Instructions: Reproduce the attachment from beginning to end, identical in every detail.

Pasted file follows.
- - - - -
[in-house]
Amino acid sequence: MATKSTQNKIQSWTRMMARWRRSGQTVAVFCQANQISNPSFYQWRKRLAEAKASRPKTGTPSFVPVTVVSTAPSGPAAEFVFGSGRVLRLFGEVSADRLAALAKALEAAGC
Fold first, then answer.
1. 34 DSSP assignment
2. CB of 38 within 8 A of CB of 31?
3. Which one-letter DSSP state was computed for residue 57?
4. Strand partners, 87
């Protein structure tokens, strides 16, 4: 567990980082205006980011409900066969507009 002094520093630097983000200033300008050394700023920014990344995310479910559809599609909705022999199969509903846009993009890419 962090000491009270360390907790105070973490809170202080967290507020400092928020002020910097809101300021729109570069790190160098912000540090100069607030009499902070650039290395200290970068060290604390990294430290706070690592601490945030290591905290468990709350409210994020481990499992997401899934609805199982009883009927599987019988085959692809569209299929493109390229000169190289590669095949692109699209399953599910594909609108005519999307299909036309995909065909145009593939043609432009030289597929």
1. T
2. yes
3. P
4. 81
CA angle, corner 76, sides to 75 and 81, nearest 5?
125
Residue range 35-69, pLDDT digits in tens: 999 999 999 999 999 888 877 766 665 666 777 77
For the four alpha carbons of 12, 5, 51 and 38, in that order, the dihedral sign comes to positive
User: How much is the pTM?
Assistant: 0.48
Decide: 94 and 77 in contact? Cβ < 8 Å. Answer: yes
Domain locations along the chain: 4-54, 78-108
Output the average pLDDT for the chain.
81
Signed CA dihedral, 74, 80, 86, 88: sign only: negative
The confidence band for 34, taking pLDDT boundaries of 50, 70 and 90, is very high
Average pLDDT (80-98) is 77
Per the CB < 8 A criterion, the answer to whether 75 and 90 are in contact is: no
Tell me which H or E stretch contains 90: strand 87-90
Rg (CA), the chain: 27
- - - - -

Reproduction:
[in-house]
Amino acid sequence: MATKSTQNKIQSWTRMMARWRRSGQTVAVFCQANQISNPSFYQWRKRLAEAKASRPKTGTPSFVPVTVVSTAPSGPAAEFVFGSGRVLRLFGEVSADRLAALAKALEAAGC
Fold first, then answer.
1. 34 DSSP assignment
2. CB of 38 within 8 A of CB of 31?
3. Which one-letter DSSP state was computed for residue 57?
4. Strand partners, 87
């Protein structure tokens, strides 16, 4: 567990980082205006980011409900066969507009 002094520093630097983000200033300008050394700023920014990344995310479910559809599609909705022999199969509903846009993009890419 962090000491009270360390907790105070973490809170202080967290507020400092928020002020910097809101300021729109570069790190160098912000540090100069607030009499902070650039290395200290970068060290604390990294430290706070690592601490945030290591905290468990709350409210994020481990499992997401899934609805199982009883009927599987019988085959692809569209299929493109390229000169190289590669095949692109699209399953599910594909609108005519999307299909036309995909065909145009593939043609432009030289597929």
1. T
2. yes
3. P
4. 81
CA angle, corner 76, sides to 75 and 81, nearest 5?
125
Residue range 35-69, pLDDT digits in tens: 999 999 999 999 999 888 877 766 665 666 777 77
For the four alpha carbons of 12, 5, 51 and 38, in that order, the dihedral sign comes to positive
User: How much is the pTM?
Assistant: 0.48
Decide: 94 and 77 in contact? Cβ < 8 Å. Answer: yes
Domain locations along the chain: 4-54, 78-108
Output the average pLDDT for the chain.
81
Signed CA dihedral, 74, 80, 86, 88: sign only: negative
The confidence band for 34, taking pLDDT boundaries of 50, 70 and 90, is very high
Average pLDDT (80-98) is 77
Per the CB < 8 A criterion, the answer to whether 75 and 90 are in contact is: no
Tell me which H or E stretch contains 90: strand 87-90
Rg (CA), the chain: 27